Last year, I didn’t say anything about MacDonald, because I thought the book I read then, Malcolm, didn’t even rise to the level of “not very good.” Part of it had to do with the nearly total lack of the Wise Christian Teacher who so often features in MacDonald’s novels, a void replaced by a soap opera involving a marquis and his brother (who was also the marquis at some point), wives possibly dead and possibly alive (which makes for possible bigamy), the question of which character is whose child, the question whether two of these younger characters with a possibly budding mutual attraction might be siblings (Hello, Luke and Leia!), and the further question whether such children are legitimate – the last point depending on whether a certain wife was dead or alive when . . . . Oh, it’s all too confusing.

It’s not enough that the potboiler’s pot boileth over. Most of the answers to the mysteries of the plot are given by characters speaking in Scottish dialect. Now I’ve read enough MacDonald to have a good familiarity with the language of his rustic Scottish characters, but here we have a character, a piper, with a stranger than usual patois, a linguistic idiom whose origin I can’t explain. This piper might say, “She’ll pe seein’ a’,” when he means, “I see everything.” Among his quirks, he uses she for the first-person singular pronoun, future continuous verb constructions for all tenses, and voiceless consonants for all stopped consonants: p for b, t for d, etc. Add to this confusion the fact that the piper is blind and yet talks about seeing things, and I found myself almost always in the middle of the North Sea when he spoke. So why, oh, why did MacDonald place the solution to the main conundrum of the wives in the mouth of this piper?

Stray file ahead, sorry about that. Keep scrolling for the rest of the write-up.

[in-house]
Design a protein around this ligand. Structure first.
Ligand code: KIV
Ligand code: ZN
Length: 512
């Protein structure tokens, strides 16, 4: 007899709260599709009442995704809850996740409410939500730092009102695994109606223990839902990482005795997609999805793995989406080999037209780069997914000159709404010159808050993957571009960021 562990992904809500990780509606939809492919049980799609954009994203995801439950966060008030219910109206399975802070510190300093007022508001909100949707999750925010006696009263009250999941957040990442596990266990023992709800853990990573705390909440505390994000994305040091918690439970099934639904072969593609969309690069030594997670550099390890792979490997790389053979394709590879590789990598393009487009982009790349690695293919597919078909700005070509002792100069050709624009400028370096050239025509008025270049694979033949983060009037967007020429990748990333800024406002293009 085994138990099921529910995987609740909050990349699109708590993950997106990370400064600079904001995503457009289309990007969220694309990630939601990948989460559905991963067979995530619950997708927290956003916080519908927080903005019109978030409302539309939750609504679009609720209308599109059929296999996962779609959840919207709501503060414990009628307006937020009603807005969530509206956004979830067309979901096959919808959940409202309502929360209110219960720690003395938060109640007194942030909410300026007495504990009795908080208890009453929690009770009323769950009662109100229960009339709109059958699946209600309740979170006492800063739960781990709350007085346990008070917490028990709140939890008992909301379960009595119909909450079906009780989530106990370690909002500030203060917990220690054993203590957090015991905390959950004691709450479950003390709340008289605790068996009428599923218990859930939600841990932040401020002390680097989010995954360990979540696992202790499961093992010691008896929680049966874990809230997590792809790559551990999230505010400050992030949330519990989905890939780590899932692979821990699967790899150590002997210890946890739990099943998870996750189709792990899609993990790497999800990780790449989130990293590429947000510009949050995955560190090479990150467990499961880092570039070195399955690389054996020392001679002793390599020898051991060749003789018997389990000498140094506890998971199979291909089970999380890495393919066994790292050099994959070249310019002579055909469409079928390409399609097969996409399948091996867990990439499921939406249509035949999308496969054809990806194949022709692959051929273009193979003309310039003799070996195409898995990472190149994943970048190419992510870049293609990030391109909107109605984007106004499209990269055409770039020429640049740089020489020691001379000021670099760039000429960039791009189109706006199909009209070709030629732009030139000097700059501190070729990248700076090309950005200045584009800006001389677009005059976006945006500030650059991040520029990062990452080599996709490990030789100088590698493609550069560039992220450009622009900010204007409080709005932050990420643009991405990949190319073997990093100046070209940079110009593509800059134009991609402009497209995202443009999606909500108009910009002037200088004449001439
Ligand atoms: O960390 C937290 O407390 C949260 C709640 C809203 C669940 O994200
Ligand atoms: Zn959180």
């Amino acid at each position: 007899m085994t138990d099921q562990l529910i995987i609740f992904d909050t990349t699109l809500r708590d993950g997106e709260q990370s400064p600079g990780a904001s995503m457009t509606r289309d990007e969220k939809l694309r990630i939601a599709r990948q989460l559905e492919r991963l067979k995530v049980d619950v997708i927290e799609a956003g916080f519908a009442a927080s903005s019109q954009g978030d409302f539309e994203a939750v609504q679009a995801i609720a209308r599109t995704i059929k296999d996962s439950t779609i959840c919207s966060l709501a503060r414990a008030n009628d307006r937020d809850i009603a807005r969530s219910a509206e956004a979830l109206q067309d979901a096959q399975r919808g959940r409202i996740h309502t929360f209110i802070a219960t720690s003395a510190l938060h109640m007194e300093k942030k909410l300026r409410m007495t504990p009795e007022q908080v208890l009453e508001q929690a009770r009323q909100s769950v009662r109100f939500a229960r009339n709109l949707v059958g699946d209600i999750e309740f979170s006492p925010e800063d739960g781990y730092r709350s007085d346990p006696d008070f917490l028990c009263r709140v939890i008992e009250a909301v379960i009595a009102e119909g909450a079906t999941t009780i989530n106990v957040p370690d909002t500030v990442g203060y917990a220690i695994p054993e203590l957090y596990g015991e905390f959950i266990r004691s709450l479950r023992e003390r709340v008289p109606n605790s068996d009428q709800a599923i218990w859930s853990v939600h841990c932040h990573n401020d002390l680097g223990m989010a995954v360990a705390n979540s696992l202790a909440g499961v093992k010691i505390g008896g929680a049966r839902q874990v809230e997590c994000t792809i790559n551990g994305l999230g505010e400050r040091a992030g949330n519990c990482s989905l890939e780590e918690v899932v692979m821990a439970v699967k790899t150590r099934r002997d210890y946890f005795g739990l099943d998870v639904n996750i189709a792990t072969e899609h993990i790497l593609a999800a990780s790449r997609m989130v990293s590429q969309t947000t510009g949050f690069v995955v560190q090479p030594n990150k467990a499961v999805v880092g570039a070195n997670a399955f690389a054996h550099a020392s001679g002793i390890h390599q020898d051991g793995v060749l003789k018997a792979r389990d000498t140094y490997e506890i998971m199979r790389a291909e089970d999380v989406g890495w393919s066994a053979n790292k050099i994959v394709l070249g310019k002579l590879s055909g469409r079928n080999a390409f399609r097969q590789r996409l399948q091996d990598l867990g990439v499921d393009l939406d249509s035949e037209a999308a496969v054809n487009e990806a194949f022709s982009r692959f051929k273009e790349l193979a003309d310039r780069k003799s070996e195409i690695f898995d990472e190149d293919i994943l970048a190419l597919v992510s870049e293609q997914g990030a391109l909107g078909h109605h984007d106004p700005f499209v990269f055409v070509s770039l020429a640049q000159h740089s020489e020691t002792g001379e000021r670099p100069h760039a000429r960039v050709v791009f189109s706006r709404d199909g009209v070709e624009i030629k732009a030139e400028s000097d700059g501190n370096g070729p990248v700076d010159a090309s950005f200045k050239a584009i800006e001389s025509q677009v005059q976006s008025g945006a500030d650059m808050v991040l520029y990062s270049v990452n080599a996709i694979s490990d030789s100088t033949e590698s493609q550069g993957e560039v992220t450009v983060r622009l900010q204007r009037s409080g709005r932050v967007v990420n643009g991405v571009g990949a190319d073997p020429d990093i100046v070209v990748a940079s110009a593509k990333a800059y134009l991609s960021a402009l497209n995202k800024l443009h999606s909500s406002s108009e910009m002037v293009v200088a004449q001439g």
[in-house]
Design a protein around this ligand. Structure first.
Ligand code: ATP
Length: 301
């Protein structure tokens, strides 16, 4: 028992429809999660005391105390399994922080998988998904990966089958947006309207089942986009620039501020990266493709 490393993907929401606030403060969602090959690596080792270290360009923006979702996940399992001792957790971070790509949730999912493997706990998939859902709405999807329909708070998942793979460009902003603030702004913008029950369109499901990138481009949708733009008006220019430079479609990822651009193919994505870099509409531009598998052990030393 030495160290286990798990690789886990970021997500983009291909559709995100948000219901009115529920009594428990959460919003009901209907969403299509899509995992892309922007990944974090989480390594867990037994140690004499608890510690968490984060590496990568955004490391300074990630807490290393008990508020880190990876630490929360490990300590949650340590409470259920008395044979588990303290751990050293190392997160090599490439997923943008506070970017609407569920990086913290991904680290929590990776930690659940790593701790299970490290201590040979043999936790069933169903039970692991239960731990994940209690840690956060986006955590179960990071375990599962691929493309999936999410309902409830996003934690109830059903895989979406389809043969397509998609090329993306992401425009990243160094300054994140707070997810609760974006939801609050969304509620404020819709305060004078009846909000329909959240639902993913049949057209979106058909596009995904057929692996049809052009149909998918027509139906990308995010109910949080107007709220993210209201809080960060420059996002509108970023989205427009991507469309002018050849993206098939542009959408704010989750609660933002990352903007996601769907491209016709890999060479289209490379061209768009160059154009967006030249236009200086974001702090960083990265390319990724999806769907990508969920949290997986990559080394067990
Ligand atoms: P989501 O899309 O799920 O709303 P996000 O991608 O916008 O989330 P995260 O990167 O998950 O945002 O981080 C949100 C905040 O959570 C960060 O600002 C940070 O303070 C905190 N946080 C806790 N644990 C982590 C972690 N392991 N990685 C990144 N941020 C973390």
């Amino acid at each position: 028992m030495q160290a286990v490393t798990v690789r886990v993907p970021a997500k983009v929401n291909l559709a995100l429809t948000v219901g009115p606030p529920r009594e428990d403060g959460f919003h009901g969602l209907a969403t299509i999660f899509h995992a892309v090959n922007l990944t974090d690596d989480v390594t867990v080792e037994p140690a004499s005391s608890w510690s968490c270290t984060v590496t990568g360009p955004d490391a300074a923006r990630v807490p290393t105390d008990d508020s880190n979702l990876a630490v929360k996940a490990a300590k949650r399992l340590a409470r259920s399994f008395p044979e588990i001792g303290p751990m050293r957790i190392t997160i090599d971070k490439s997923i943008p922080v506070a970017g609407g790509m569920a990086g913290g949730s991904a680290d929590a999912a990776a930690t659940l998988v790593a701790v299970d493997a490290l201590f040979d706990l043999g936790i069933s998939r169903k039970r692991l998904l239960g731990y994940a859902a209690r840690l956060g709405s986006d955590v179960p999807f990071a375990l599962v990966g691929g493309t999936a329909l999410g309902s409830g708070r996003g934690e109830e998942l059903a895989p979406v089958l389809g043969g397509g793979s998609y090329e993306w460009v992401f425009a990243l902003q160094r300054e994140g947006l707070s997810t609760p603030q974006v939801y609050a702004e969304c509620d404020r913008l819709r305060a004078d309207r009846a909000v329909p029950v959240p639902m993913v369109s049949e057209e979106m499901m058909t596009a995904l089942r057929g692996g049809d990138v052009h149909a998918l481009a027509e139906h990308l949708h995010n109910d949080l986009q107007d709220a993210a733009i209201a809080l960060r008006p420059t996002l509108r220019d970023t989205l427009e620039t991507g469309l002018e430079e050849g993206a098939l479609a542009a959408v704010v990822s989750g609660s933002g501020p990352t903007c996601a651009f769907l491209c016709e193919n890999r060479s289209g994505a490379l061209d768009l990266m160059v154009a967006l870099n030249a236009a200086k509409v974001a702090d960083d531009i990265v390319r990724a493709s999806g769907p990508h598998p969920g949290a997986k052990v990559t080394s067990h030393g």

Today, on the other hand, I finished reading The Marquis of Lossie, the sequel to Malcolm, and I’m ready to say that the joy I had in the end was worth all the confusion of the first book in the dilogy. (Dilogy? Really?) I got not just one Wise Christian Teacher, but two. I also found a nineteenth-century female character not defined simply by her degree of chastity in relation to men but by her philosophical doubts and struggles. I enjoyed a plot set mostly in London, where Malcolm did his best to speak the Queen’s. And I faced many needed challenges to my complacent Christianity, which is really why I read MacDonald. Just one example: Which is worse, to doubt the existence of God, or, believing He exists, to doubt his importance to every moment in life?

Before I sign off, a word about the 1980s editions of MacDonald novels “retold for modern readers,” complete with new titles and covers that make them look like today’s Christian romances. Of course, I’m reading MacDonald’s original versions, but I don’t look down my nose at these reworkings. I read my first MacDonald novel in a book club that used the updated, abbreviated version, and I’ll always be grateful for that introduction. Editor Michael R. Phillips, knowing his audience, shortened the books and toned down their Scots vocabulary considerably. But by doing so, he introduced a new generation to stories with lessons deeper than any found elsewhere in their section of the Zondervan Christian bookstore, even if MacDonald’s spiritual pupil, Lewis, thought the books weren’t “very good.”